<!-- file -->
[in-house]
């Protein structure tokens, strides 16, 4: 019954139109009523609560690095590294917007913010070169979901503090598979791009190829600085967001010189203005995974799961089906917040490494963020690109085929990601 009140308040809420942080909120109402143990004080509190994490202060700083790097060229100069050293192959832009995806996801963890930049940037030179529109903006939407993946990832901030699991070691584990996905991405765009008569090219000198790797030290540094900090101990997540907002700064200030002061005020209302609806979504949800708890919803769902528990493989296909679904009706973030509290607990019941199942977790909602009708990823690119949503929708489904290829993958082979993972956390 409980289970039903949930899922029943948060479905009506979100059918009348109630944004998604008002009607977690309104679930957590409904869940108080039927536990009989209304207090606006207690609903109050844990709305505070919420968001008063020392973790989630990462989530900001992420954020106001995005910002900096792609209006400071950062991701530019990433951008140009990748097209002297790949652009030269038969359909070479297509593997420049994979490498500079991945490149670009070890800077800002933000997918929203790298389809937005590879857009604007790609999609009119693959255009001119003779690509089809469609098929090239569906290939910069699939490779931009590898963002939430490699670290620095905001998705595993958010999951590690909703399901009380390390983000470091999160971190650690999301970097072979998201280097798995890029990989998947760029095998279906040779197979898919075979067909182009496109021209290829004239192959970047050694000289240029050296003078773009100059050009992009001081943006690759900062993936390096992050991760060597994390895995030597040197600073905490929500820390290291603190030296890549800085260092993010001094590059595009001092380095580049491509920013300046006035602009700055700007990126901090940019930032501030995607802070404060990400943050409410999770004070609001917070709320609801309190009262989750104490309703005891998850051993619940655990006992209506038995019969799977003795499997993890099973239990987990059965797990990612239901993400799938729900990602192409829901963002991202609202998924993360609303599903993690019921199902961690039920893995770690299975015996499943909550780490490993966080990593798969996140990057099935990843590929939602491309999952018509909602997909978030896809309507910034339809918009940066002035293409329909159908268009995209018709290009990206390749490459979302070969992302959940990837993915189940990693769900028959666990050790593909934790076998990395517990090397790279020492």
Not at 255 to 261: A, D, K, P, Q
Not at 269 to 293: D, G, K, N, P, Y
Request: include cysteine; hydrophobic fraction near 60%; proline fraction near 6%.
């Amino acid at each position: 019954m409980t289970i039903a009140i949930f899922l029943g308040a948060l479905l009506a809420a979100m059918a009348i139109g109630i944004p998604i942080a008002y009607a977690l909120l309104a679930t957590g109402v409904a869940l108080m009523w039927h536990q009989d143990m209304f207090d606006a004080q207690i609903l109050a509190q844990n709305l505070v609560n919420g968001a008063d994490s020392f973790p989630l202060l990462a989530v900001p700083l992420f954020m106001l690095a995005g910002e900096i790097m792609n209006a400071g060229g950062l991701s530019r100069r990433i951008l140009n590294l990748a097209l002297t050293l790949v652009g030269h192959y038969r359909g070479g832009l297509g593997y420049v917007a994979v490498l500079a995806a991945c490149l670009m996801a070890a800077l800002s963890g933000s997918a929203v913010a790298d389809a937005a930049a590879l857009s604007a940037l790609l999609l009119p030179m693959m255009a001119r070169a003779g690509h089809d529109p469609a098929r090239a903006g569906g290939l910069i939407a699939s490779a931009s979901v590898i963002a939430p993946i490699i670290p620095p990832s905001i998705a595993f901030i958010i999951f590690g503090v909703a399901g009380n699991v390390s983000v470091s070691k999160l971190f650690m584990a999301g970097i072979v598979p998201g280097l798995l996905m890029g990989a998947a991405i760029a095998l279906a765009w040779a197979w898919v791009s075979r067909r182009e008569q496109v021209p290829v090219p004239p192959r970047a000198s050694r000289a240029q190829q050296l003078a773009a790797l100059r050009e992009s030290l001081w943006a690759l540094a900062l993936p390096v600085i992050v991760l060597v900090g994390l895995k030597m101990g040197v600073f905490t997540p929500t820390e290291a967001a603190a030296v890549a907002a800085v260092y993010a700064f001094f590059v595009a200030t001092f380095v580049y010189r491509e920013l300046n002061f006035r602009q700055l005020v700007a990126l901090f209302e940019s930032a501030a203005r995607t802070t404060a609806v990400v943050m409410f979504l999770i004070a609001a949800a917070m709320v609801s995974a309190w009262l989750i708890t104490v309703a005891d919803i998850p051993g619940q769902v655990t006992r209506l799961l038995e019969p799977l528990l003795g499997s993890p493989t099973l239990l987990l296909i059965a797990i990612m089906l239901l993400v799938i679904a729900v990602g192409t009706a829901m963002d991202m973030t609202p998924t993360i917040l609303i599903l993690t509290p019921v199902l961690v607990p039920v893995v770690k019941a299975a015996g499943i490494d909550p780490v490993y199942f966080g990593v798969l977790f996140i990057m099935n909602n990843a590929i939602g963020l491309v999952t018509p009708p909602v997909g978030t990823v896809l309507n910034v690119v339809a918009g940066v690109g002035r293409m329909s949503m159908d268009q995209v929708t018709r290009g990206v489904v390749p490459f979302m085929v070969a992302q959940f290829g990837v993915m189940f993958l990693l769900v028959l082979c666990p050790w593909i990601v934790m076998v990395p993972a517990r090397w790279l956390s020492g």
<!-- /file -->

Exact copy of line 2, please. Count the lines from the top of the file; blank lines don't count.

């Protein structure tokens, strides 16, 4: 019954139109009523609560690095590294917007913010070169979901503090598979791009190829600085967001010189203005995974799961089906917040490494963020690109085929990601 009140308040809420942080909120109402143990004080509190994490202060700083790097060229100069050293192959832009995806996801963890930049940037030179529109903006939407993946990832901030699991070691584990996905991405765009008569090219000198790797030290540094900090101990997540907002700064200030002061005020209302609806979504949800708890919803769902528990493989296909679904009706973030509290607990019941199942977790909602009708990823690119949503929708489904290829993958082979993972956390 409980289970039903949930899922029943948060479905009506979100059918009348109630944004998604008002009607977690309104679930957590409904869940108080039927536990009989209304207090606006207690609903109050844990709305505070919420968001008063020392973790989630990462989530900001992420954020106001995005910002900096792609209006400071950062991701530019990433951008140009990748097209002297790949652009030269038969359909070479297509593997420049994979490498500079991945490149670009070890800077800002933000997918929203790298389809937005590879857009604007790609999609009119693959255009001119003779690509089809469609098929090239569906290939910069699939490779931009590898963002939430490699670290620095905001998705595993958010999951590690909703399901009380390390983000470091999160971190650690999301970097072979998201280097798995890029990989998947760029095998279906040779197979898919075979067909182009496109021209290829004239192959970047050694000289240029050296003078773009100059050009992009001081943006690759900062993936390096992050991760060597994390895995030597040197600073905490929500820390290291603190030296890549800085260092993010001094590059595009001092380095580049491509920013300046006035602009700055700007990126901090940019930032501030995607802070404060990400943050409410999770004070609001917070709320609801309190009262989750104490309703005891998850051993619940655990006992209506038995019969799977003795499997993890099973239990987990059965797990990612239901993400799938729900990602192409829901963002991202609202998924993360609303599903993690019921199902961690039920893995770690299975015996499943909550780490490993966080990593798969996140990057099935990843590929939602491309999952018509909602997909978030896809309507910034339809918009940066002035293409329909159908268009995209018709290009990206390749490459979302070969992302959940990837993915189940990693769900028959666990050790593909934790076998990395517990090397790279020492």